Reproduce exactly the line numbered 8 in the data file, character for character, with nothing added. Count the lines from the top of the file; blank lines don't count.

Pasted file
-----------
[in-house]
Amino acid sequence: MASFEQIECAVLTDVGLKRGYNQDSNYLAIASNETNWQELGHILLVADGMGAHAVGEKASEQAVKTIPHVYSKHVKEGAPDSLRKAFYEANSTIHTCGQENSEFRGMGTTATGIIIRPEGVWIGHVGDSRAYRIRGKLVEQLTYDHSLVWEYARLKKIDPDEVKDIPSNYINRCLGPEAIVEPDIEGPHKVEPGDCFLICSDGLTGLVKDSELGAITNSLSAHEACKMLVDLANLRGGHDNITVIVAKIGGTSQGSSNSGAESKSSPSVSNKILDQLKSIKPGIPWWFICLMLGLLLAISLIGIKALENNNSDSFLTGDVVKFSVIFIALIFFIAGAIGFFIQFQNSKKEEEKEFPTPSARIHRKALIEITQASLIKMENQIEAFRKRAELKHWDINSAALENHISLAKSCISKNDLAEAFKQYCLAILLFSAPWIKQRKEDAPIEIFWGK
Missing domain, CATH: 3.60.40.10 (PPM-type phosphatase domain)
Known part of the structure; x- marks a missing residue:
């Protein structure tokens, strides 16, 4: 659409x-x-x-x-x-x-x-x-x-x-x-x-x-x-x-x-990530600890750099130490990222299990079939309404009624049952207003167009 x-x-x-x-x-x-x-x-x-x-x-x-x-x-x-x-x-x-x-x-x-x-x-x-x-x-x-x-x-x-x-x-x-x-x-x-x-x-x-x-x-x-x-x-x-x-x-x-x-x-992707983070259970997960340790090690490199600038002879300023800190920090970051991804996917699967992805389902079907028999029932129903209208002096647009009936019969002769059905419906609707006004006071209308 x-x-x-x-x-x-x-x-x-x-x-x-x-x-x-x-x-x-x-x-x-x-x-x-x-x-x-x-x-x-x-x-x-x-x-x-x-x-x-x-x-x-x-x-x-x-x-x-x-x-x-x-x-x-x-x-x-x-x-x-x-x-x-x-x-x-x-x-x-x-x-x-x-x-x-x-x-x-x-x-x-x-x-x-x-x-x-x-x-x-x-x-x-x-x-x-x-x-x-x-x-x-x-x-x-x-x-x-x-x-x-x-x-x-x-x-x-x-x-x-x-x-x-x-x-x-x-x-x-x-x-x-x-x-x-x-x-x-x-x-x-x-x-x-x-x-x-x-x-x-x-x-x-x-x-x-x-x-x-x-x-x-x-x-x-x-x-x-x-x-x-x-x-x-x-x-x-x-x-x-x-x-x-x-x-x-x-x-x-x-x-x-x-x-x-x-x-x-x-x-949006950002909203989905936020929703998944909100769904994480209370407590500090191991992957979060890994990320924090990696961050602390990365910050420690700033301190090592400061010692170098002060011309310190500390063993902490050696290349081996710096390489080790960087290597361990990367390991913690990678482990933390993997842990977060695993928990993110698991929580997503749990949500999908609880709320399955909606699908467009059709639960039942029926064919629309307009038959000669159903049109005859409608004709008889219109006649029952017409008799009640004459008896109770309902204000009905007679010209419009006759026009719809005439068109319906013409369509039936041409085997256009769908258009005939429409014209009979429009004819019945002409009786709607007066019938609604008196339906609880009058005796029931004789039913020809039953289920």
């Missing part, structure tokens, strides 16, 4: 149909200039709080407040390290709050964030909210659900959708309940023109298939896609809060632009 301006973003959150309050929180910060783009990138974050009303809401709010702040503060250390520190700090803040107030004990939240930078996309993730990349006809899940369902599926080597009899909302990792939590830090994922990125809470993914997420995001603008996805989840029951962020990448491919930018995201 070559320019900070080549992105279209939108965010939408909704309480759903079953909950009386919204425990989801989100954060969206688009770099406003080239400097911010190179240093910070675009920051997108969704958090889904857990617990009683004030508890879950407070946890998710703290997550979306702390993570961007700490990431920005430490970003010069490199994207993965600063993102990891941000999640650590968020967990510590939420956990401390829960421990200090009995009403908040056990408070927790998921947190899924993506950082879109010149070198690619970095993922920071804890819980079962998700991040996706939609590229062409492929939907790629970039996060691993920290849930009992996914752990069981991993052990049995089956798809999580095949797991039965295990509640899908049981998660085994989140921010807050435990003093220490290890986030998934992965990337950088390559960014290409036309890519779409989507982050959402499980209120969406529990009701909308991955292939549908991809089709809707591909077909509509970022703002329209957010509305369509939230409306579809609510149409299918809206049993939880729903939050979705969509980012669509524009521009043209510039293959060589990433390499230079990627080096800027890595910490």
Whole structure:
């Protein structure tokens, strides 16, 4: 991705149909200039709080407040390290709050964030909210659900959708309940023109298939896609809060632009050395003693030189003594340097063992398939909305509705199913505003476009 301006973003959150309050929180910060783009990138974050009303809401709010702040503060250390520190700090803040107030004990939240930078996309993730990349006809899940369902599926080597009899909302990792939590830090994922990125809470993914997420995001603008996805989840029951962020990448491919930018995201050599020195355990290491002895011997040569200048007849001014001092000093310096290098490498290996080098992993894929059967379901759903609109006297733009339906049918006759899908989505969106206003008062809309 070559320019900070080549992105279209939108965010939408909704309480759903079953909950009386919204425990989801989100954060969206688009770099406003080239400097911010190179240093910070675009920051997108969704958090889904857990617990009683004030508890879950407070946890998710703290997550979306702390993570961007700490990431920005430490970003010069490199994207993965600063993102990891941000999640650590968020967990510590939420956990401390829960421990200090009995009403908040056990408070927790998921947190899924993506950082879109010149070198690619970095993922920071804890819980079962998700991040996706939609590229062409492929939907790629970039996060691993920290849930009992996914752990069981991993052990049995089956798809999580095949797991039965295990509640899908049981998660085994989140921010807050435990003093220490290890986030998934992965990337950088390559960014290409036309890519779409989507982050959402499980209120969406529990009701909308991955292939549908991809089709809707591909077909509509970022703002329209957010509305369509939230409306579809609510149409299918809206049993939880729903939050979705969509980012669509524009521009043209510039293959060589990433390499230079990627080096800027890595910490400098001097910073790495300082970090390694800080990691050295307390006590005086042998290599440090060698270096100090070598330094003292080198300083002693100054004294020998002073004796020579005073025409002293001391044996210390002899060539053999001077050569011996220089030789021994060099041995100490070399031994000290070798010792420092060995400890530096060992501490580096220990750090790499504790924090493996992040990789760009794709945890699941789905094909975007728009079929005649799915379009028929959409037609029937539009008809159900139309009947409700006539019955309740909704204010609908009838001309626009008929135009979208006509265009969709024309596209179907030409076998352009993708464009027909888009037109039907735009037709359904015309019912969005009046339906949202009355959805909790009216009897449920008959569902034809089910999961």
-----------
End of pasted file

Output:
């Protein structure tokens, strides 16, 4: 991705149909200039709080407040390290709050964030909210659900959708309940023109298939896609809060632009050395003693030189003594340097063992398939909305509705199913505003476009 301006973003959150309050929180910060783009990138974050009303809401709010702040503060250390520190700090803040107030004990939240930078996309993730990349006809899940369902599926080597009899909302990792939590830090994922990125809470993914997420995001603008996805989840029951962020990448491919930018995201050599020195355990290491002895011997040569200048007849001014001092000093310096290098490498290996080098992993894929059967379901759903609109006297733009339906049918006759899908989505969106206003008062809309 070559320019900070080549992105279209939108965010939408909704309480759903079953909950009386919204425990989801989100954060969206688009770099406003080239400097911010190179240093910070675009920051997108969704958090889904857990617990009683004030508890879950407070946890998710703290997550979306702390993570961007700490990431920005430490970003010069490199994207993965600063993102990891941000999640650590968020967990510590939420956990401390829960421990200090009995009403908040056990408070927790998921947190899924993506950082879109010149070198690619970095993922920071804890819980079962998700991040996706939609590229062409492929939907790629970039996060691993920290849930009992996914752990069981991993052990049995089956798809999580095949797991039965295990509640899908049981998660085994989140921010807050435990003093220490290890986030998934992965990337950088390559960014290409036309890519779409989507982050959402499980209120969406529990009701909308991955292939549908991809089709809707591909077909509509970022703002329209957010509305369509939230409306579809609510149409299918809206049993939880729903939050979705969509980012669509524009521009043209510039293959060589990433390499230079990627080096800027890595910490400098001097910073790495300082970090390694800080990691050295307390006590005086042998290599440090060698270096100090070598330094003292080198300083002693100054004294020998002073004796020579005073025409002293001391044996210390002899060539053999001077050569011996220089030789021994060099041995100490070399031994000290070798010792420092060995400890530096060992501490580096220990750090790499504790924090493996992040990789760009794709945890699941789905094909975007728009079929005649799915379009028929959409037609029937539009008809159900139309009947409700006539019955309740909704204010609908009838001309626009008929135009979208006509265009969709024309596209179907030409076998352009993708464009027909888009037109039907735009037709359904015309019912969005009046339906949202009355959805909790009216009897449920008959569902034809089910999961």